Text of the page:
Known for his linear and abstracted images of the human body, Ben Shahn became one of the leading American Social Realist artists in the 1930s. Shahn was a Lithuanian-born American artist of Jewish descent whose practice was deeply rooted in a commitment to social justice. Throughout his career, Shahn created powerful images that directly addressed human suffering, from war-torn landscapes to intimate views of loneliness and poverty.
Shahn also explored the connections between art and life, as in this portfolio based on German poet Rainer Maria Rilke’s novel, The Notebooks of Malte Laurids Brigge (1910). This loosely autobiographical novel presents a student who is the last descendant of a noble Danish family, and follows his life from birth to a grim, poverty-stricken experience as a student in Paris. The novel expressed Rilke’s growing doubts about whether anything existed that was superior to mankind and his world. Shahn, who first became acquainted with Rilke’s writing while in Paris in 1928, began illustrating Rilke’s work during the decade to follow, evoking each line of Rilke’s autobiographical prose elegantly through his images. This exhibition features a selection of twenty lithographs from Ben Shahn’s Rilke Portfolio: For the Sake of a Single Verse.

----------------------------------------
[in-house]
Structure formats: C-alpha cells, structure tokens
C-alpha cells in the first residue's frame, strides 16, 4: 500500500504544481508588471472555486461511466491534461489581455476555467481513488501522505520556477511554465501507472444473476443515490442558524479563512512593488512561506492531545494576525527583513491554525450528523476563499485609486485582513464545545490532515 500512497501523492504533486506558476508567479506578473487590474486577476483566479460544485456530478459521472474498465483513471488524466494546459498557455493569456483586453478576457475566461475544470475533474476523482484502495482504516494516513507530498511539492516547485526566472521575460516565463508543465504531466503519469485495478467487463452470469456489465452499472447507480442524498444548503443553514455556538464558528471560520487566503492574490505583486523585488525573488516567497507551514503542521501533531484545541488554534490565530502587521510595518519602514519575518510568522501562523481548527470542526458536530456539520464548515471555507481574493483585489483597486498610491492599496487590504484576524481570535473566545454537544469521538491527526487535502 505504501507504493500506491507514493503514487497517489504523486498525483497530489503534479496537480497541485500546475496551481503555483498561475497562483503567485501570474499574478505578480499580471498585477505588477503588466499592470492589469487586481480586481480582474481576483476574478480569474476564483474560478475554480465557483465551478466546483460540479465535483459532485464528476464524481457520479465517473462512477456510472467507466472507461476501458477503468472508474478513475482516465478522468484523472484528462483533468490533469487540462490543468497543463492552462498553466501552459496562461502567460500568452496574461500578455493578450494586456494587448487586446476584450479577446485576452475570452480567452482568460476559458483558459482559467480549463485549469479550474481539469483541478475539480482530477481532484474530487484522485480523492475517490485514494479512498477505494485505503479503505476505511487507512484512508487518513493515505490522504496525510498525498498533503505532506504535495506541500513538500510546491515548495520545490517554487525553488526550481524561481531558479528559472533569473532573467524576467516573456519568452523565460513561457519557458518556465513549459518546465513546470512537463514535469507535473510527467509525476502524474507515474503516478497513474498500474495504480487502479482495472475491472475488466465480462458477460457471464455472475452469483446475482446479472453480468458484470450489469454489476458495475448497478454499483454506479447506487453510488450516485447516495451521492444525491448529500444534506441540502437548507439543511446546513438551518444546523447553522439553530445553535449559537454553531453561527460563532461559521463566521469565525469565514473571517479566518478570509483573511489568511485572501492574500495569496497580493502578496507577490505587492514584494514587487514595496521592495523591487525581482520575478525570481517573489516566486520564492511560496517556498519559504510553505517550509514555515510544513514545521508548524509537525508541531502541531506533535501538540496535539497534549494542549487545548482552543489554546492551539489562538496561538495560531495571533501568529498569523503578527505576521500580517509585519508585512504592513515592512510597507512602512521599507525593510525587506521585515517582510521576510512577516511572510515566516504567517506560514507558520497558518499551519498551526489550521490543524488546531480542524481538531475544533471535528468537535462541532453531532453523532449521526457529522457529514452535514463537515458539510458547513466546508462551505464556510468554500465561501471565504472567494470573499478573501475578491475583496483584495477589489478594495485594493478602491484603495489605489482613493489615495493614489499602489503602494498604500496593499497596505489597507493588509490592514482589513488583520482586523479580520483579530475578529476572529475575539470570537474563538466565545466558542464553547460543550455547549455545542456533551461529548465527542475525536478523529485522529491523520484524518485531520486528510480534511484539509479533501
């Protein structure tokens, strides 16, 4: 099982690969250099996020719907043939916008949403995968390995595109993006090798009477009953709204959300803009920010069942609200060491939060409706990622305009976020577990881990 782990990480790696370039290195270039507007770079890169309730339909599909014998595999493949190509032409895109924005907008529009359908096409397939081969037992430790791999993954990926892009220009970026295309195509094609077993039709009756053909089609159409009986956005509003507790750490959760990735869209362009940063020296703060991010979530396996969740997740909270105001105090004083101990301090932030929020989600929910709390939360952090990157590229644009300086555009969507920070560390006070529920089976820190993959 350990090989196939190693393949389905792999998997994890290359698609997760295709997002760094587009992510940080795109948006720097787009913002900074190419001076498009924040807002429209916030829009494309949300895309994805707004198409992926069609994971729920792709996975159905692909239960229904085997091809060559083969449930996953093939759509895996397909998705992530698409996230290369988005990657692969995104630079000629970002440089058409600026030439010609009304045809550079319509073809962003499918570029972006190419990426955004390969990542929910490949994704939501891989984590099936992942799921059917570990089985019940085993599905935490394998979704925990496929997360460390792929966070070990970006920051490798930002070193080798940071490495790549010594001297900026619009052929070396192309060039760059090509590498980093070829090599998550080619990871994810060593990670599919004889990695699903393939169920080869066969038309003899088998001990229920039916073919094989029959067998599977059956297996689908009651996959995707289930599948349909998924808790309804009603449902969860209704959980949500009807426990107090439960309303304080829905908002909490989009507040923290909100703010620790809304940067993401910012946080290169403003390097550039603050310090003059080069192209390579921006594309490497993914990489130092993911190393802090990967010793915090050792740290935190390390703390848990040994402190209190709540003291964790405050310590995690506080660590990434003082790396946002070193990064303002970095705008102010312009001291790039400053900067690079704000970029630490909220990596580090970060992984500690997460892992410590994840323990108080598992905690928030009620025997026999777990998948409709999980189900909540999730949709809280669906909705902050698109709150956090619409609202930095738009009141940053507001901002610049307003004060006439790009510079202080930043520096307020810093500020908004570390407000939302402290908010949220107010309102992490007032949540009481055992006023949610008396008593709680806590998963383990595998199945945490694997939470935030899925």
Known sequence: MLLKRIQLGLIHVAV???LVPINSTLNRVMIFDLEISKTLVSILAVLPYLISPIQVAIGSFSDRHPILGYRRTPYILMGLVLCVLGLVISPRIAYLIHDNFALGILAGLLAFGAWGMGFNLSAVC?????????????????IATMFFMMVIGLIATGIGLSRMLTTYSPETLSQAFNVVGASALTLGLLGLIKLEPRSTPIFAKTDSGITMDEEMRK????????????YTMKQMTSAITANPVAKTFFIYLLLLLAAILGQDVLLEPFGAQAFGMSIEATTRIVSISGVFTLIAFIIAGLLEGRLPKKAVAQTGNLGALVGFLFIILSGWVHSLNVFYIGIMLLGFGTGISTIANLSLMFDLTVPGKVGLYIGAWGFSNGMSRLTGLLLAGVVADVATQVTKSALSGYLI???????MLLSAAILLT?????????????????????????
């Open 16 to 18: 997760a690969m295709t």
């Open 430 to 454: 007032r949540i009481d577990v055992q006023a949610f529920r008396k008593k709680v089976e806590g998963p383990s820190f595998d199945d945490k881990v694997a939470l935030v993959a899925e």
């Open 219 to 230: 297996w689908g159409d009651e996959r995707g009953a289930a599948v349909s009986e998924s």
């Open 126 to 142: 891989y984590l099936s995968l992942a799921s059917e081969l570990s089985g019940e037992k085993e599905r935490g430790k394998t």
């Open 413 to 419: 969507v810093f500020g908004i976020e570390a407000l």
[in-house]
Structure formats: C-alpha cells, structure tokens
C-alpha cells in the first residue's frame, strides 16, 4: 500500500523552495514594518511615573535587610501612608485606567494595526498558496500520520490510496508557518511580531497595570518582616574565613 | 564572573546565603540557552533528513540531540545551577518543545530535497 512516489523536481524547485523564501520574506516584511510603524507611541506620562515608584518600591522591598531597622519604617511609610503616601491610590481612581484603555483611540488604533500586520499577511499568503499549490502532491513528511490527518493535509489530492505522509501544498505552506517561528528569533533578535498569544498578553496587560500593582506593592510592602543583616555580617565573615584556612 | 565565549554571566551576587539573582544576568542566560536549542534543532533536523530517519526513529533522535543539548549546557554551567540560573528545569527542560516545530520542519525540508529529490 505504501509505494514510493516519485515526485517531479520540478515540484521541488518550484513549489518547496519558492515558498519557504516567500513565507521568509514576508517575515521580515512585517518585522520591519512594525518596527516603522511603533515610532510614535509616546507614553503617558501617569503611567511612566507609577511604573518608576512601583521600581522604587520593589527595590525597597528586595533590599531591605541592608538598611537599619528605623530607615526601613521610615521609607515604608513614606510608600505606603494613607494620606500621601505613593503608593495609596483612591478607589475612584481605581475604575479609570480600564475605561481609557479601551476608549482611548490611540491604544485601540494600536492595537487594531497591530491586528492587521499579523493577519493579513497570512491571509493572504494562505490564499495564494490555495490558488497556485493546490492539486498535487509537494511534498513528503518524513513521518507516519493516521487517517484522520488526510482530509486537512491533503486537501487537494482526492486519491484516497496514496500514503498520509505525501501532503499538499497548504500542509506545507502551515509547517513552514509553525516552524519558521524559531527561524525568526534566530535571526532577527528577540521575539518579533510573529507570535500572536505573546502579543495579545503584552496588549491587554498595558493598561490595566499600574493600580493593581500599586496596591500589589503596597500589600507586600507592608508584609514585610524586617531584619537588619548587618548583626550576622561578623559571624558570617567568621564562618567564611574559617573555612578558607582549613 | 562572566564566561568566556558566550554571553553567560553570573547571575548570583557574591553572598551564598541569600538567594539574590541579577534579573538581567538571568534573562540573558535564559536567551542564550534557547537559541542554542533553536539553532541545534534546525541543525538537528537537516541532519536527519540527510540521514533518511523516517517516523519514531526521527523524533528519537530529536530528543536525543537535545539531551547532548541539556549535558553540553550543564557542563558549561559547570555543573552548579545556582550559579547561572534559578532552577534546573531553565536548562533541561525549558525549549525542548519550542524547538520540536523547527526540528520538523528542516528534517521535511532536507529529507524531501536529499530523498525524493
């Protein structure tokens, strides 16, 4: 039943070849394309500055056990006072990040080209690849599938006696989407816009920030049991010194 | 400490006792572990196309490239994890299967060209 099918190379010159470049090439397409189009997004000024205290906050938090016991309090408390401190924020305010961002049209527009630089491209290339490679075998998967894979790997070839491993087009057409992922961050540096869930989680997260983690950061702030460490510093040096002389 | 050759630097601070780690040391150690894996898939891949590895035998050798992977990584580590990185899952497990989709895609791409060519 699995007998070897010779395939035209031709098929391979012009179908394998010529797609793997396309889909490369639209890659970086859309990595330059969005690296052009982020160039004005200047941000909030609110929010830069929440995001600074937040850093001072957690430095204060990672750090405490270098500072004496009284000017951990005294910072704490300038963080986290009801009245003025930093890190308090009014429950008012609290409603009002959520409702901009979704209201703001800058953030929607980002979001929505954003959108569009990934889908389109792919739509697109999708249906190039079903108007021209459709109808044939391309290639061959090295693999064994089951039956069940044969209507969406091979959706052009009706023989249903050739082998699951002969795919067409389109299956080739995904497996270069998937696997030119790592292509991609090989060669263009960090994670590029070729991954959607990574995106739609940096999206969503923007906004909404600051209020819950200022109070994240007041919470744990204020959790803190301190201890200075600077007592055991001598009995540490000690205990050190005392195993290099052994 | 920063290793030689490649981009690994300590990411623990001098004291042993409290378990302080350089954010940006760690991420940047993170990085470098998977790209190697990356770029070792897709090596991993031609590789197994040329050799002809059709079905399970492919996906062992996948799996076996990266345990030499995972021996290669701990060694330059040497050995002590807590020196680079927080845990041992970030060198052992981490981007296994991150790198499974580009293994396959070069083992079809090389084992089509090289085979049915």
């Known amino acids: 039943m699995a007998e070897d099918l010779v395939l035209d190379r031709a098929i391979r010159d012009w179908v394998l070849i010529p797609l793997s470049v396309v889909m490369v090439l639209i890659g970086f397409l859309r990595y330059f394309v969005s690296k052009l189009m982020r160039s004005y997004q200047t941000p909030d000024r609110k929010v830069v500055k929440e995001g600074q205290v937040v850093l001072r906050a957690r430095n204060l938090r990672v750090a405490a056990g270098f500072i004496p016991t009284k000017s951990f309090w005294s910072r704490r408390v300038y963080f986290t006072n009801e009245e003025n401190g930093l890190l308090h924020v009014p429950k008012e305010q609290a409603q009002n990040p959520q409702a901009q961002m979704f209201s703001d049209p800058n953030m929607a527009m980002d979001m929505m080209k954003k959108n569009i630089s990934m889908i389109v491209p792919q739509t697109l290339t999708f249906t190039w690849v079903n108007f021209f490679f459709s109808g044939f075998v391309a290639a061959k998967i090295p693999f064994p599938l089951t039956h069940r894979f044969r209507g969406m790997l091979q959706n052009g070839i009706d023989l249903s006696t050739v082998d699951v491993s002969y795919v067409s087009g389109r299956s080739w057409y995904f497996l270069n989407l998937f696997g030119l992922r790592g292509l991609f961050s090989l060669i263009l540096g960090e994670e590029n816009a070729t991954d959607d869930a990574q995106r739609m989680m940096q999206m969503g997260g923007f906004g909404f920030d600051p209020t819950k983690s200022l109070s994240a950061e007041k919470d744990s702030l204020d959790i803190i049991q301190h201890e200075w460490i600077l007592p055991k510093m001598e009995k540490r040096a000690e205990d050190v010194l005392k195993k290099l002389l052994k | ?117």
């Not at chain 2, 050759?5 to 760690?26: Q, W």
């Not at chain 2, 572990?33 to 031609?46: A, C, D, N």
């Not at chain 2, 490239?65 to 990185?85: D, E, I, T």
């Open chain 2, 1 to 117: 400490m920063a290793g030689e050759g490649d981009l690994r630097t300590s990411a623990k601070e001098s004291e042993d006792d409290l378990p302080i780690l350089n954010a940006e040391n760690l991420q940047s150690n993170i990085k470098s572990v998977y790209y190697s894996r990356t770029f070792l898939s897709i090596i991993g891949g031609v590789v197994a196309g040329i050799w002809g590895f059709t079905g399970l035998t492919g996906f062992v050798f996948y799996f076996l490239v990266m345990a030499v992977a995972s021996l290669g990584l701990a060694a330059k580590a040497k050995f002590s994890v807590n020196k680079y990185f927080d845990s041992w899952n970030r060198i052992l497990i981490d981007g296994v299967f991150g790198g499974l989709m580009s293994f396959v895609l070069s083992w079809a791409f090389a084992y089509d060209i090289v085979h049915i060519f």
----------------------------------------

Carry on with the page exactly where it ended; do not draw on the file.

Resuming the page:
Credit: Ben Shahn (American, born Lithuania, 1898–1969). The First Word of Verse Arises (detail), 1968. Lithograph. Oklahoma City Museum of Art. Gift of Dr. Robert Arnold, 1976.031